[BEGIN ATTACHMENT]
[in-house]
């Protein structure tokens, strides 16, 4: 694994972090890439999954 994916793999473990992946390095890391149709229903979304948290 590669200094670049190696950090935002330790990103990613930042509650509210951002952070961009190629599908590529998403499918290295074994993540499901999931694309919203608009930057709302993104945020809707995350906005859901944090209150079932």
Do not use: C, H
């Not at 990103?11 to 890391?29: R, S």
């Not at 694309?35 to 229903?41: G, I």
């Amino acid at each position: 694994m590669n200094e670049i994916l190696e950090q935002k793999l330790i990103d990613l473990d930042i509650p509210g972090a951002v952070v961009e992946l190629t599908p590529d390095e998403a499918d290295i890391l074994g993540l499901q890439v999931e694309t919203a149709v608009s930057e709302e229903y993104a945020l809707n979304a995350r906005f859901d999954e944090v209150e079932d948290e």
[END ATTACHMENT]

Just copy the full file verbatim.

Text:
[in-house]
């Protein structure tokens, strides 16, 4: 694994972090890439999954 994916793999473990992946390095890391149709229903979304948290 590669200094670049190696950090935002330790990103990613930042509650509210951002952070961009190629599908590529998403499918290295074994993540499901999931694309919203608009930057709302993104945020809707995350906005859901944090209150079932």
Do not use: C, H
């Not at 990103?11 to 890391?29: R, S």
């Not at 694309?35 to 229903?41: G, I």
């Amino acid at each position: 694994m590669n200094e670049i994916l190696e950090q935002k793999l330790i990103d990613l473990d930042i509650p509210g972090a951002v952070v961009e992946l190629t599908p590529d390095e998403a499918d290295i890391l074994g993540l499901q890439v999931e694309t919203a149709v608009s930057e709302e229903y993104a945020l809707n979304a995350r906005f859901d999954e944090v209150e079932d948290e």